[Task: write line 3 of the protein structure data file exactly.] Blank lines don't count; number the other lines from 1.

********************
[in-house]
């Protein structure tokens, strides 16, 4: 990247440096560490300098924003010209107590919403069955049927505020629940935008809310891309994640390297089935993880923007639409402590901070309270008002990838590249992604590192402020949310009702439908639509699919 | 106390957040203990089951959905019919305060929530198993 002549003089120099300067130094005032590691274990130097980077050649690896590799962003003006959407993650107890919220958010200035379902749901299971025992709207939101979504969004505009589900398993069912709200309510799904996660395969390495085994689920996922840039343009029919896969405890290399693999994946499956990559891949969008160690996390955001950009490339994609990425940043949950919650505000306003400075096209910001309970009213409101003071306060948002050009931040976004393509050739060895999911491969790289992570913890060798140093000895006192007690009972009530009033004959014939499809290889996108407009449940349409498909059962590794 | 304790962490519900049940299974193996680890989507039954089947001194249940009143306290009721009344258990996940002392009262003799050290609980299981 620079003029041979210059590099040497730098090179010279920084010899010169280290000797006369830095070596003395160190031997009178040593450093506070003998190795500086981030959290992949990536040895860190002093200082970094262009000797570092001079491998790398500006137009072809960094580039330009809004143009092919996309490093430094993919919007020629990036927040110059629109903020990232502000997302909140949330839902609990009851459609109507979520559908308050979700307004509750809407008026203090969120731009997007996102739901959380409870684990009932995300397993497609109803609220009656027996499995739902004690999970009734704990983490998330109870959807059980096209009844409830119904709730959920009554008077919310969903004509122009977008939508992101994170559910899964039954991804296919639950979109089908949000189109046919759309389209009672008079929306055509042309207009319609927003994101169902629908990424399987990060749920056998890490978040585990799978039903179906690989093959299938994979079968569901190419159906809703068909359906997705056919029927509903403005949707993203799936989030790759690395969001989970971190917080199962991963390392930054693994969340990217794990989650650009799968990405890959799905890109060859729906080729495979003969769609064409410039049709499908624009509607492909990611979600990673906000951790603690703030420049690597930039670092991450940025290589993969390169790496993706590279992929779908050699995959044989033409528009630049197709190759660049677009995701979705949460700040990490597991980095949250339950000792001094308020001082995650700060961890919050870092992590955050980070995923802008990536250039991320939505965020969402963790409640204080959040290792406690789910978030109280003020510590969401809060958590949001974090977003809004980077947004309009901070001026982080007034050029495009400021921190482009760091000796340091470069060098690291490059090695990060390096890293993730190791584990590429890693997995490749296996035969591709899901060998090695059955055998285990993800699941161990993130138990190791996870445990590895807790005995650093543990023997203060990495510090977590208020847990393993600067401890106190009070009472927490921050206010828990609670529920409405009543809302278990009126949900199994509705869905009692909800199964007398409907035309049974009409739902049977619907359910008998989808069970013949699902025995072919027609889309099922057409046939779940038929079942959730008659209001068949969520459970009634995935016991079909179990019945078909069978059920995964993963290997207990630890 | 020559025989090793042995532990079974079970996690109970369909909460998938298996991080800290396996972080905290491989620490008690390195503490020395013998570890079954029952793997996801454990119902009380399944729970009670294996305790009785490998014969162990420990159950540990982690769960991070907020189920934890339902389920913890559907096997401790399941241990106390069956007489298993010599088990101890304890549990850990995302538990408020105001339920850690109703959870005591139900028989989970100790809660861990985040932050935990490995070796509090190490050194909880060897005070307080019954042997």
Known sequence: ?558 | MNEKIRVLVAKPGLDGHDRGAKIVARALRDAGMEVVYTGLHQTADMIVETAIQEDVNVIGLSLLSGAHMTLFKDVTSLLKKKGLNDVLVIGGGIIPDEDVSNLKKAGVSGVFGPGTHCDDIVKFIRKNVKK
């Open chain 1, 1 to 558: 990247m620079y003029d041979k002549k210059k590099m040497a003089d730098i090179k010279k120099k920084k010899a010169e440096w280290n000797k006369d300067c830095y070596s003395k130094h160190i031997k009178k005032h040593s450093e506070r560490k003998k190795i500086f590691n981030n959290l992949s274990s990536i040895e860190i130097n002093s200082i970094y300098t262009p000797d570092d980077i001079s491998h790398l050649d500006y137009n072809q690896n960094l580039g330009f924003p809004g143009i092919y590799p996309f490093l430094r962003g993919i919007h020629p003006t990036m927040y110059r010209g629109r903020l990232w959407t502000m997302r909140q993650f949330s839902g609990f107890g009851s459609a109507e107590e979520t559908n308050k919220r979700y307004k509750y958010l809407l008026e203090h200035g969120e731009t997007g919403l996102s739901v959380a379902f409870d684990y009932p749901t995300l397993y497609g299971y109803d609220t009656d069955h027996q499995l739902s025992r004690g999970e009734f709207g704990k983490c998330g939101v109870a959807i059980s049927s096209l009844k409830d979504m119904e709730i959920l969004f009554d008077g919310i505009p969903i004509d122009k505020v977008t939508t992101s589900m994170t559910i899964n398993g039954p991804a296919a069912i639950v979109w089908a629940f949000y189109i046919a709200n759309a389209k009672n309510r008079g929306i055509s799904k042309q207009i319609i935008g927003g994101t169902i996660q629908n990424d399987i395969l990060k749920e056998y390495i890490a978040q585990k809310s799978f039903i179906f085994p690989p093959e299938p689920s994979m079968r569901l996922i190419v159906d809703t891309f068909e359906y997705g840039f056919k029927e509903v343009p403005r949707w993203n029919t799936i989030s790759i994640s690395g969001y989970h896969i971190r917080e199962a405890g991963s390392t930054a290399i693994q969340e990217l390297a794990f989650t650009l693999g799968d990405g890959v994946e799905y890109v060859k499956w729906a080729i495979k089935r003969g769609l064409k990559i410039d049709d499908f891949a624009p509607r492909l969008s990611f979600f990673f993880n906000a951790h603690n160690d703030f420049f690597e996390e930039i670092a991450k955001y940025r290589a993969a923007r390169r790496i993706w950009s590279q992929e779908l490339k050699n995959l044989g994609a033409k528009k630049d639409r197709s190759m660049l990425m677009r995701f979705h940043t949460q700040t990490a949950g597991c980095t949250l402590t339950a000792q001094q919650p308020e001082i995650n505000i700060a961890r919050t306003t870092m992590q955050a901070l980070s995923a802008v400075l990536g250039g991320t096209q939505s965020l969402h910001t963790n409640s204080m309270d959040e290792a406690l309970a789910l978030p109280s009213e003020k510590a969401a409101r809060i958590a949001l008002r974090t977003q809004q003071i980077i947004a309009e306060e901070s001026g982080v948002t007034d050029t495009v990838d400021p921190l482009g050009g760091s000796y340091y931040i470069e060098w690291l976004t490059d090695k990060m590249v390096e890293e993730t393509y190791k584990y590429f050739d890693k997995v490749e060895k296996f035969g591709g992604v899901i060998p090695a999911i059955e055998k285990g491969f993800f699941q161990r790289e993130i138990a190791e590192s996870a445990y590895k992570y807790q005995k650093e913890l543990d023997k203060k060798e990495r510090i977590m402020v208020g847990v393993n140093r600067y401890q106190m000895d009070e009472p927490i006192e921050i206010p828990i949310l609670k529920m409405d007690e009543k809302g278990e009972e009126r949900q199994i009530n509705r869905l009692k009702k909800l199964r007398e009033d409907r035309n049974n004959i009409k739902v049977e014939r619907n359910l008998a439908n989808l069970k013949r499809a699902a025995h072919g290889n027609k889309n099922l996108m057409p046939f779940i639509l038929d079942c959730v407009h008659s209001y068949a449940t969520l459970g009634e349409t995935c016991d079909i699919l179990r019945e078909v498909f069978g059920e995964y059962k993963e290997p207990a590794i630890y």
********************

Known sequence: ?558 | MNEKIRVLVAKPGLDGHDRGAKIVARALRDAGMEVVYTGLHQTADMIVETAIQEDVNVIGLSLLSGAHMTLFKDVTSLLKKKGLNDVLVIGGGIIPDEDVSNLKKAGVSGVFGPGTHCDDIVKFIRKNVKK